The Pros and Cons of Chapter 13 Bankruptcy
Chapter 13 is one of two chapters of consumer bankruptcy that are widely available and cater to the needs of individuals and couples. Chapter 7 bankruptcy is good for handling unsecured debts like credit card debt or medical expenses. Chapter 13 bankruptcy, on the other hand, is good for handling secured debt like car loans and mortgages. In this article, we’ll discuss some of the pros and cons of Chapter 13 bankruptcy and when Chapter 13 is the best choice for you.
What is Chapter 13 Bankruptcy?
Traditionally, there were two forms of bankruptcy. The first was liquidation bankruptcy (Chapter 7) and the other was reorganization bankruptcy (Chapter 11). However, due to the expense of filing Chapter 11 bankruptcy and the amount of time it takes to work your way out of a Chapter 11, the law saw fit to offer individuals and married couples a third option: Chapter 13.
Like Chapter 7 bankruptcy, you may not be required to repay all of your unsecured debts. Some may be discharged at the end of your bankruptcy so long as you make your monthly bankruptcy payment. Chapter 13 may also be able to help you save your home from foreclosure or your car from repossession.
Understanding Chapter 13 Bankruptcy
Unlike Chapter 7 bankruptcy in which any assets you can’t protect are liquidated to repay creditors, Chapter 13 bankruptcy rolls all of your debts into a single estate. You are required to make monthly payments to satisfy the terms of the bankruptcy. These payments are executed over the course of three to five years. So long as you make the payments, you can stop a foreclosure or a car repossession and keep your home or car.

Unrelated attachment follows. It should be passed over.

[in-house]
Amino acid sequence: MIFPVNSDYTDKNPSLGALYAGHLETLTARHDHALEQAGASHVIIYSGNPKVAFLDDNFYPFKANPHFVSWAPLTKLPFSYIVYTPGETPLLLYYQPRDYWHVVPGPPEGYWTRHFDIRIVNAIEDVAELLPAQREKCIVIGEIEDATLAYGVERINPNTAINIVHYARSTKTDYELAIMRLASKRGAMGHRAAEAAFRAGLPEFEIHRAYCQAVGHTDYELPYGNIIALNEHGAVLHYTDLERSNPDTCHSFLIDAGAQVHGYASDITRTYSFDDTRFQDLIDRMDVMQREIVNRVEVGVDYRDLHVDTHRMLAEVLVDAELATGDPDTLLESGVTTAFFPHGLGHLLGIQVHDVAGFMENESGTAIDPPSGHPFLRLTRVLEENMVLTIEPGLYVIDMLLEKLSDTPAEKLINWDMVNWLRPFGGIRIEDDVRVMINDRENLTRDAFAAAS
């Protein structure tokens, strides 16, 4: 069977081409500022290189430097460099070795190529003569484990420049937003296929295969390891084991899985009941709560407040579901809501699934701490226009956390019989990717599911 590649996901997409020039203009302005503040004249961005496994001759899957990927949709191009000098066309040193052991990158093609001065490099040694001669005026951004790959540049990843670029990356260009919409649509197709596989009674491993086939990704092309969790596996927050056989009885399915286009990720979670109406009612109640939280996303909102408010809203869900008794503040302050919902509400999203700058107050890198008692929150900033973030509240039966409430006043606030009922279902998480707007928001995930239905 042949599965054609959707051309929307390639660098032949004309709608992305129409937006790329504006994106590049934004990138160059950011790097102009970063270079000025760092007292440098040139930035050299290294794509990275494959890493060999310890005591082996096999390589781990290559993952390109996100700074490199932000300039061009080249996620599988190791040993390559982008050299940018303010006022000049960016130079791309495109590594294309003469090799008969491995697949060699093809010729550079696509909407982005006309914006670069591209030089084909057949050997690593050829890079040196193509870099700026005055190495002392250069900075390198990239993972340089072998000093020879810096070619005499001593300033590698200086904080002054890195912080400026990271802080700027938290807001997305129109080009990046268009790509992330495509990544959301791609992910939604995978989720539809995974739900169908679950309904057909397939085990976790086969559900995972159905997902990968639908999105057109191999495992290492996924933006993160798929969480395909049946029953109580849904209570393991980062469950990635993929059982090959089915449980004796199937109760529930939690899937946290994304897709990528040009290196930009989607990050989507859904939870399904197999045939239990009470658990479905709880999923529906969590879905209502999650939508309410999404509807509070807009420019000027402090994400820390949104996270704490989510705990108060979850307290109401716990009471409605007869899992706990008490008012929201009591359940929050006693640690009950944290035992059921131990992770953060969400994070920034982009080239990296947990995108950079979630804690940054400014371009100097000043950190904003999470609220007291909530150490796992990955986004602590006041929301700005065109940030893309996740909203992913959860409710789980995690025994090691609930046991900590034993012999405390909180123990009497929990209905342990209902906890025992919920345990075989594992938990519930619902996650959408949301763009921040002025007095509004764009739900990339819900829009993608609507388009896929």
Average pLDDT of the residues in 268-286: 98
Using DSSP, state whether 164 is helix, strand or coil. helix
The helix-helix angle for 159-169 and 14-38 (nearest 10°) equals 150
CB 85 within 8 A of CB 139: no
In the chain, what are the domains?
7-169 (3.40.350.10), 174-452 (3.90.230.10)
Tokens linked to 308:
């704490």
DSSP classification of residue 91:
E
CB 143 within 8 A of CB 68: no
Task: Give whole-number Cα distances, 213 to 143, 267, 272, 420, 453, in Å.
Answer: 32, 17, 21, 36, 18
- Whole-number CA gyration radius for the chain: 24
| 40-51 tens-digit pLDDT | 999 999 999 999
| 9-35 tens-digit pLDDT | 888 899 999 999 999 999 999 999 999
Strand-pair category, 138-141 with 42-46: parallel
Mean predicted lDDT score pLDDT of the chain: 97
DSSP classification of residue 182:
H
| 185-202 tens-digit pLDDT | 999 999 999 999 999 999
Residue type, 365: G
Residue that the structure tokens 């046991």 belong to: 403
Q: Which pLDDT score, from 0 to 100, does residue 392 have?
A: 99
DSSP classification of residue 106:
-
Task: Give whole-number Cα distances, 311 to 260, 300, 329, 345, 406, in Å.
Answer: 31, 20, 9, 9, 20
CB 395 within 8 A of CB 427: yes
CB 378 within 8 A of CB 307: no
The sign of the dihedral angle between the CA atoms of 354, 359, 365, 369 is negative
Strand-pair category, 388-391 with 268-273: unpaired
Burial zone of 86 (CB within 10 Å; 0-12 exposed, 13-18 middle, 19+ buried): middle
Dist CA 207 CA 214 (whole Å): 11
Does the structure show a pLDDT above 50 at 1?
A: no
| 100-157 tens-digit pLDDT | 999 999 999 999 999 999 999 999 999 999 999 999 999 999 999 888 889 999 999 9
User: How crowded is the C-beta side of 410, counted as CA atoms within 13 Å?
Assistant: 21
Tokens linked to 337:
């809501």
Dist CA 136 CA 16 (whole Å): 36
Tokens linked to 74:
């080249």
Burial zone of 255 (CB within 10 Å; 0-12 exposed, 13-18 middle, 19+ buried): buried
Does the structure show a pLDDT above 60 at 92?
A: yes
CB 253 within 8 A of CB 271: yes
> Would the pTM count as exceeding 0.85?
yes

The Pros of Chapter 13 Bankruptcy
One of the first things we ask our clients is whether or not they want to hold onto their home. If they do, then Chapter 13 is probably the only chapter of bankruptcy that can help them do that. Any form of bankruptcy can stop a foreclosure in its tracks, but attorneys that represent the creditors can file a motion to lift the automatic stay and move forward with foreclosure if the debtor has no intention of keeping the home. Chapter 7 can’t help them keep their home. Indeed, preventing foreclosure is one of the most popular reasons for filing under Chapter 13.
The Cons of Chapter 13 Bankruptcy
Chapter 13 bankruptcy isn’t for everyone. Instead of limits on how much you earn, there are limits on how much you owe. You must also be able to prove that you are capable of satisfying the minimum monthly payments. Since Chapter 13 takes longer to resolve, it’s more expensive for you and more labor-intensive for your attorney. Additionally, it is likely that you will have to repay some (probably not all) of your unsecured debt.
Is Chapter 13 Bankruptcy Right for Me?
The Law Offices of Carol M. Galloway, P.A. will listen to your goals when discussing your options and help you make the best choice to secure your future and become financially secure. Call today to schedule a free consultation and discuss your situation with an experienced Jacksonville bankruptcy attorney.